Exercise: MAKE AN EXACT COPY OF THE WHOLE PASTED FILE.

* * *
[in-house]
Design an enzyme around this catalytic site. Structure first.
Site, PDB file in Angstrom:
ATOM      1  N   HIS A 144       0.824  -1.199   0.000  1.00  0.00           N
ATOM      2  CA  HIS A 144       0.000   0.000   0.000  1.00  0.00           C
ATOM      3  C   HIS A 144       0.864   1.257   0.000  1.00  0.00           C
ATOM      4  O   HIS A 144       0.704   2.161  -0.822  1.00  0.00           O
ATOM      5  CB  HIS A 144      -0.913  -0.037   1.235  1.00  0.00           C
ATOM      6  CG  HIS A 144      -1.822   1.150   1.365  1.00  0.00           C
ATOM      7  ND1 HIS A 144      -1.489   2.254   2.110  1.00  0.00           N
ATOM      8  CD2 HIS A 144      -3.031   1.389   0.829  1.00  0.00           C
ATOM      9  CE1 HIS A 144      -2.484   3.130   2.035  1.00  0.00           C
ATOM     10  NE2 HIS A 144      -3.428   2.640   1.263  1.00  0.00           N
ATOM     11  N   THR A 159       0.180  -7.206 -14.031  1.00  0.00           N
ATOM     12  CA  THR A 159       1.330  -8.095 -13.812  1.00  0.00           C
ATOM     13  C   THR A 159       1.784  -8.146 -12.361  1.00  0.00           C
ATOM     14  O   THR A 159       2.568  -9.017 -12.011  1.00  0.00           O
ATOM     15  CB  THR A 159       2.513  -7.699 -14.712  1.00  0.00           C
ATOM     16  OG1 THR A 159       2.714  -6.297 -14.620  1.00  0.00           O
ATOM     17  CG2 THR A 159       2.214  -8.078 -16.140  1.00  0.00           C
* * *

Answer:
[in-house]
Design an enzyme around this catalytic site. Structure first.
Site, PDB file in Angstrom:
ATOM      1  N   HIS A 144       0.824  -1.199   0.000  1.00  0.00           N
ATOM      2  CA  HIS A 144       0.000   0.000   0.000  1.00  0.00           C
ATOM      3  C   HIS A 144       0.864   1.257   0.000  1.00  0.00           C
ATOM      4  O   HIS A 144       0.704   2.161  -0.822  1.00  0.00           O
ATOM      5  CB  HIS A 144      -0.913  -0.037   1.235  1.00  0.00           C
ATOM      6  CG  HIS A 144      -1.822   1.150   1.365  1.00  0.00           C
ATOM      7  ND1 HIS A 144      -1.489   2.254   2.110  1.00  0.00           N
ATOM      8  CD2 HIS A 144      -3.031   1.389   0.829  1.00  0.00           C
ATOM      9  CE1 HIS A 144      -2.484   3.130   2.035  1.00  0.00           C
ATOM     10  NE2 HIS A 144      -3.428   2.640   1.263  1.00  0.00           N
ATOM     11  N   THR A 159       0.180  -7.206 -14.031  1.00  0.00           N
ATOM     12  CA  THR A 159       1.330  -8.095 -13.812  1.00  0.00           C
ATOM     13  C   THR A 159       1.784  -8.146 -12.361  1.00  0.00           C
ATOM     14  O   THR A 159       2.568  -9.017 -12.011  1.00  0.00           O
ATOM     15  CB  THR A 159       2.513  -7.699 -14.712  1.00  0.00           C
ATOM     16  OG1 THR A 159       2.714  -6.297 -14.620  1.00  0.00           O
ATOM     17  CG2 THR A 159       2.214  -8.078 -16.140  1.00  0.00           C